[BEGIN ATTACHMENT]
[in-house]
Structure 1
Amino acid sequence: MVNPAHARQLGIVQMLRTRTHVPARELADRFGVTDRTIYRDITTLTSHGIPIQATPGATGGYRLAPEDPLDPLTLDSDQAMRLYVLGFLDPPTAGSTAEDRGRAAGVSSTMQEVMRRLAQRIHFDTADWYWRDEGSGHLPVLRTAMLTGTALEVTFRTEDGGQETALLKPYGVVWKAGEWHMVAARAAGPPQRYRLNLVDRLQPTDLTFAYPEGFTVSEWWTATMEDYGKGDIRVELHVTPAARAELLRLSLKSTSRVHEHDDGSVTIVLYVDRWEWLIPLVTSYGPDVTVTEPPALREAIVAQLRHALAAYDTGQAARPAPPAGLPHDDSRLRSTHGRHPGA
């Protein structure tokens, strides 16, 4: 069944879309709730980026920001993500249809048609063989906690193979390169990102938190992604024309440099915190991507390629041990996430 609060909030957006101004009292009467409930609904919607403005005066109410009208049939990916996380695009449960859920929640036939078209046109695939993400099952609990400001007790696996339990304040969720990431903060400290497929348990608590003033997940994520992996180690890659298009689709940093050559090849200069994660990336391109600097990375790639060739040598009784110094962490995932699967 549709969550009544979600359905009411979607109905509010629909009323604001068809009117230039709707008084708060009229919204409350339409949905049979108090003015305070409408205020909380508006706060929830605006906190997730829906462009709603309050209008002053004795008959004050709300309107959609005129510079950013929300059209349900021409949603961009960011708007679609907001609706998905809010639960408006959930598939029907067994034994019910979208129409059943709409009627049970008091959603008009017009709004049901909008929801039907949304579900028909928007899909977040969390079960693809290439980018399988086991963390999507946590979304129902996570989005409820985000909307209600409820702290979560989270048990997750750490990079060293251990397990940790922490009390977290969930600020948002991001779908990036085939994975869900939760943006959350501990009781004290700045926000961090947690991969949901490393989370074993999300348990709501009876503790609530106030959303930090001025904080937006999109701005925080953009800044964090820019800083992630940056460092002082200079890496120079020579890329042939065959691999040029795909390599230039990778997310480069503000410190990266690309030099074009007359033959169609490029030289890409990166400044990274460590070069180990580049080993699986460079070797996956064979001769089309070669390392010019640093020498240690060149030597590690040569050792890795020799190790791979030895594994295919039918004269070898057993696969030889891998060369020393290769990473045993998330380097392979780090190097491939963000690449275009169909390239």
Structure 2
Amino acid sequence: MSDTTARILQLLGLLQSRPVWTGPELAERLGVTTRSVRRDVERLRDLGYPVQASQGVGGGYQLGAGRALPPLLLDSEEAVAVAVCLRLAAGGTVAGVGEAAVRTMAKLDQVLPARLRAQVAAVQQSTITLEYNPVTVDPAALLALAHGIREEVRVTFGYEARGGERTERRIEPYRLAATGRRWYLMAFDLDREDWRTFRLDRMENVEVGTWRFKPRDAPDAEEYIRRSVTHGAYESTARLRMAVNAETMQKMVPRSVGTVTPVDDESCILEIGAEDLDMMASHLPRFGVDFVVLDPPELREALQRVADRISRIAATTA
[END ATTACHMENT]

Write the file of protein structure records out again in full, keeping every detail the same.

[in-house]
Structure 1
Amino acid sequence: MVNPAHARQLGIVQMLRTRTHVPARELADRFGVTDRTIYRDITTLTSHGIPIQATPGATGGYRLAPEDPLDPLTLDSDQAMRLYVLGFLDPPTAGSTAEDRGRAAGVSSTMQEVMRRLAQRIHFDTADWYWRDEGSGHLPVLRTAMLTGTALEVTFRTEDGGQETALLKPYGVVWKAGEWHMVAARAAGPPQRYRLNLVDRLQPTDLTFAYPEGFTVSEWWTATMEDYGKGDIRVELHVTPAARAELLRLSLKSTSRVHEHDDGSVTIVLYVDRWEWLIPLVTSYGPDVTVTEPPALREAIVAQLRHALAAYDTGQAARPAPPAGLPHDDSRLRSTHGRHPGA
């Protein structure tokens, strides 16, 4: 069944879309709730980026920001993500249809048609063989906690193979390169990102938190992604024309440099915190991507390629041990996430 609060909030957006101004009292009467409930609904919607403005005066109410009208049939990916996380695009449960859920929640036939078209046109695939993400099952609990400001007790696996339990304040969720990431903060400290497929348990608590003033997940994520992996180690890659298009689709940093050559090849200069994660990336391109600097990375790639060739040598009784110094962490995932699967 549709969550009544979600359905009411979607109905509010629909009323604001068809009117230039709707008084708060009229919204409350339409949905049979108090003015305070409408205020909380508006706060929830605006906190997730829906462009709603309050209008002053004795008959004050709300309107959609005129510079950013929300059209349900021409949603961009960011708007679609907001609706998905809010639960408006959930598939029907067994034994019910979208129409059943709409009627049970008091959603008009017009709004049901909008929801039907949304579900028909928007899909977040969390079960693809290439980018399988086991963390999507946590979304129902996570989005409820985000909307209600409820702290979560989270048990997750750490990079060293251990397990940790922490009390977290969930600020948002991001779908990036085939994975869900939760943006959350501990009781004290700045926000961090947690991969949901490393989370074993999300348990709501009876503790609530106030959303930090001025904080937006999109701005925080953009800044964090820019800083992630940056460092002082200079890496120079020579890329042939065959691999040029795909390599230039990778997310480069503000410190990266690309030099074009007359033959169609490029030289890409990166400044990274460590070069180990580049080993699986460079070797996956064979001769089309070669390392010019640093020498240690060149030597590690040569050792890795020799190790791979030895594994295919039918004269070898057993696969030889891998060369020393290769990473045993998330380097392979780090190097491939963000690449275009169909390239």
Structure 2
Amino acid sequence: MSDTTARILQLLGLLQSRPVWTGPELAERLGVTTRSVRRDVERLRDLGYPVQASQGVGGGYQLGAGRALPPLLLDSEEAVAVAVCLRLAAGGTVAGVGEAAVRTMAKLDQVLPARLRAQVAAVQQSTITLEYNPVTVDPAALLALAHGIREEVRVTFGYEARGGERTERRIEPYRLAATGRRWYLMAFDLDREDWRTFRLDRMENVEVGTWRFKPRDAPDAEEYIRRSVTHGAYESTARLRMAVNAETMQKMVPRSVGTVTPVDDESCILEIGAEDLDMMASHLPRFGVDFVVLDPPELREALQRVADRISRIAATTA